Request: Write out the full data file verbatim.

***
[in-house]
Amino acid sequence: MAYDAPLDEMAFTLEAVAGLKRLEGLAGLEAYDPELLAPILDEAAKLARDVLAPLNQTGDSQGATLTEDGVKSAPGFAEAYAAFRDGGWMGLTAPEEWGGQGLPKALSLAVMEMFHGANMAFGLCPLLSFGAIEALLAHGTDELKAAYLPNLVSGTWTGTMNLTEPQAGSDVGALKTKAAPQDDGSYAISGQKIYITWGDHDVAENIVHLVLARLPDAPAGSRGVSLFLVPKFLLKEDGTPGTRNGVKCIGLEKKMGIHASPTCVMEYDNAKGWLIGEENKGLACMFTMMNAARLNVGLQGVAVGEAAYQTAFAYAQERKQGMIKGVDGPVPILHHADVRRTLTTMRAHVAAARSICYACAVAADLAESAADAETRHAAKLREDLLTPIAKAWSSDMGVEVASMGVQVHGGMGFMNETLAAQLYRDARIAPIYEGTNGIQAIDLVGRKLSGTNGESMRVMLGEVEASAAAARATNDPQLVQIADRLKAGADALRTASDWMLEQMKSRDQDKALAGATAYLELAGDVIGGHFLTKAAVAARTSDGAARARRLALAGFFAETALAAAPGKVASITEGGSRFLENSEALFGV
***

[in-house]
Amino acid sequence: MAYDAPLDEMAFTLEAVAGLKRLEGLAGLEAYDPELLAPILDEAAKLARDVLAPLNQTGDSQGATLTEDGVKSAPGFAEAYAAFRDGGWMGLTAPEEWGGQGLPKALSLAVMEMFHGANMAFGLCPLLSFGAIEALLAHGTDELKAAYLPNLVSGTWTGTMNLTEPQAGSDVGALKTKAAPQDDGSYAISGQKIYITWGDHDVAENIVHLVLARLPDAPAGSRGVSLFLVPKFLLKEDGTPGTRNGVKCIGLEKKMGIHASPTCVMEYDNAKGWLIGEENKGLACMFTMMNAARLNVGLQGVAVGEAAYQTAFAYAQERKQGMIKGVDGPVPILHHADVRRTLTTMRAHVAAARSICYACAVAADLAESAADAETRHAAKLREDLLTPIAKAWSSDMGVEVASMGVQVHGGMGFMNETLAAQLYRDARIAPIYEGTNGIQAIDLVGRKLSGTNGESMRVMLGEVEASAAAARATNDPQLVQIADRLKAGADALRTASDWMLEQMKSRDQDKALAGATAYLELAGDVIGGHFLTKAAVAARTSDGAARARRLALAGFFAETALAAAPGKVASITEGGSRFLENSEALFGV